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What was the nature of life in the midbar (מדבר)? Was it a completely miraculous existence or was it a typical nomadic lifestyle supplemented by the occasional miracle? Were the miracles achieved by completely supernatural methods or by harnessing the laws of nature? These questions are partially dependent on defining the general term מדבר and identifying the specific terrain of the Israelites' route:
The Term מדבר
- Totally barren land – see descriptions of desolation in Devarim 32:10, Yirmeyahu 2:6.
- Wilderness with pasture for livestock to graze – Radak.1
- Only manna (and שלו)2 for the entire forty years – Ramban.
- The manna fell only when there was no alternative source of food – Rashbam, Minchah Belulah.3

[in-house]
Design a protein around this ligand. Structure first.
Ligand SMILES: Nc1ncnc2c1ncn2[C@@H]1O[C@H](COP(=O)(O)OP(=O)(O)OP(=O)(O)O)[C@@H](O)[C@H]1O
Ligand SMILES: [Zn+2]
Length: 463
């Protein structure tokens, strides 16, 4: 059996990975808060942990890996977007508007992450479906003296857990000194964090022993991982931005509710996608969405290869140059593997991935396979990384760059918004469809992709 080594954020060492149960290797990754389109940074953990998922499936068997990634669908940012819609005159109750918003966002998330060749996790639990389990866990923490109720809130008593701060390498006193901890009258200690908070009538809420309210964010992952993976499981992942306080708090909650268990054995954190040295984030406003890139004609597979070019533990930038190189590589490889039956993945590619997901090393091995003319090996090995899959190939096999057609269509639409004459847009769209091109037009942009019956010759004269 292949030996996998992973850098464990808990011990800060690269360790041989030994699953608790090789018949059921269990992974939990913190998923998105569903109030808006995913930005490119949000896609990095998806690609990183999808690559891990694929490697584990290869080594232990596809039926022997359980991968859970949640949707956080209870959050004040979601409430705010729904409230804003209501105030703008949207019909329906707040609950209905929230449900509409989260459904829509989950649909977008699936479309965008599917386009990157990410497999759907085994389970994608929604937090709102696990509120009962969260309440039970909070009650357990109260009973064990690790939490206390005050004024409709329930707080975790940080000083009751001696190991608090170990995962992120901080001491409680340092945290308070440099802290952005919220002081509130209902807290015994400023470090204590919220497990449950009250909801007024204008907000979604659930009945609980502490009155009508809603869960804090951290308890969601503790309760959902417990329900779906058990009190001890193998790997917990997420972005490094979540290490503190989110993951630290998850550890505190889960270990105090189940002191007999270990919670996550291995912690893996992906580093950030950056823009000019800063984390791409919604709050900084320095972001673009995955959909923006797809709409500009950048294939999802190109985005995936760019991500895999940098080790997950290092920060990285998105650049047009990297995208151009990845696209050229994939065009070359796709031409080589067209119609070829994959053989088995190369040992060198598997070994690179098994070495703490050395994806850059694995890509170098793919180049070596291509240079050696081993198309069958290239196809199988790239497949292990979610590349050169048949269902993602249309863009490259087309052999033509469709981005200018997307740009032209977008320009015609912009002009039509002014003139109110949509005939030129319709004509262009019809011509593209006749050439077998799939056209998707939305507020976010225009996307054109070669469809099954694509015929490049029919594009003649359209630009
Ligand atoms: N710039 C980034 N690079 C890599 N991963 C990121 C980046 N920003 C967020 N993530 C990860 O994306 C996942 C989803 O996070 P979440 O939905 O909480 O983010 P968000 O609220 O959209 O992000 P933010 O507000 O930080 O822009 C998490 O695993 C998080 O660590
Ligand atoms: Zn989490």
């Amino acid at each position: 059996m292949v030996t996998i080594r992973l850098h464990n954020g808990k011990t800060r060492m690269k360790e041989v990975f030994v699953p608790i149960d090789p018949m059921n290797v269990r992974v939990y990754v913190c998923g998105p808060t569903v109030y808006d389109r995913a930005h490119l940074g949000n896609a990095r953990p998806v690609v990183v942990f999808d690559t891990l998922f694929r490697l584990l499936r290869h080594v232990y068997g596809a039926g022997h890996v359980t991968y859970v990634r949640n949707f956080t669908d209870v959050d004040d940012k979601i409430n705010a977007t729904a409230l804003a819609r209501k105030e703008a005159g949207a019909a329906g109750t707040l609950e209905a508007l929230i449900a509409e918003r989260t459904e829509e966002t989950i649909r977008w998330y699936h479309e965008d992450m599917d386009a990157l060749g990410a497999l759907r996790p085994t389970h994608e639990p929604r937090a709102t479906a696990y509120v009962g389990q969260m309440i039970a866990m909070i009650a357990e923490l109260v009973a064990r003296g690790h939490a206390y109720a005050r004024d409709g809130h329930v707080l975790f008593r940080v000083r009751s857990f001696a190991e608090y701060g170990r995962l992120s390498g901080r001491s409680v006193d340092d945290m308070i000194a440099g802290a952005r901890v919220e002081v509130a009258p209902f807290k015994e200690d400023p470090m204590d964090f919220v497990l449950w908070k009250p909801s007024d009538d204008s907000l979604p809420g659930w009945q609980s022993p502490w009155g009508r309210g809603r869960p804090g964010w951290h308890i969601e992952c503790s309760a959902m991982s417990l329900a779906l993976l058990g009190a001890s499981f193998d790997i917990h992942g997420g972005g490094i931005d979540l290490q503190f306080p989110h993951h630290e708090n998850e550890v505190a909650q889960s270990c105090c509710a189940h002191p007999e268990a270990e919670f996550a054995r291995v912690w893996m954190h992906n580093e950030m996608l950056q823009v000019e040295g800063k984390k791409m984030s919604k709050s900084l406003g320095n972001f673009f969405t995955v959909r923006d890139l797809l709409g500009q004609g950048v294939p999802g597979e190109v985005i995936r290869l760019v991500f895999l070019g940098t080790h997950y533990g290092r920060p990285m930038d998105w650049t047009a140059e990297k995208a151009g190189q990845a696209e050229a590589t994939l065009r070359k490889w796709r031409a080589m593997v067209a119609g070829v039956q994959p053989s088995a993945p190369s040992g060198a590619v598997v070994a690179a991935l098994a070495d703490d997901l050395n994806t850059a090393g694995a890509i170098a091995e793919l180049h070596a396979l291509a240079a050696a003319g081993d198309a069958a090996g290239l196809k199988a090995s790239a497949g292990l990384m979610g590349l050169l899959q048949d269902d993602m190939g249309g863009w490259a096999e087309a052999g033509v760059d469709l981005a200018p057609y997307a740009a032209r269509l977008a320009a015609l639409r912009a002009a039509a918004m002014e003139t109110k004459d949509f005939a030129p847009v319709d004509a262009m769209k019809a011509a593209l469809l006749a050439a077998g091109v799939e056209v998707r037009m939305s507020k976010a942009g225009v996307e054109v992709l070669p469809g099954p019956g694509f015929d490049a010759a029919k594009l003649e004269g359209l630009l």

- There were generally other sources of food, and the purpose of the manna was only to be a supplement and prevent depletion of supplies and money – Hoil Moshe.4
- A miraculous well accompanied the nation throughout the forty years in the merit of Miryam – Tosefta Sukkah.5
- The nation found natural water sources during most of the period – Ibn Ezra.
- One set of clothing and footwear lasted for the entire forty years – Pesikta DeRav Kahana, Rashi.
- The Israelites had multiple sets of clothing – Others cited in Ibn Ezra, Shadal.
- The nation had significant livestock throughout the forty years – This would be the simple reading of Bemidbar 20:4,11.
- The people did not have any animals during most of their stay – Ibn Ezra.
Completely supernatural or using laws of nature? See Miracles – Natural and Supernatural.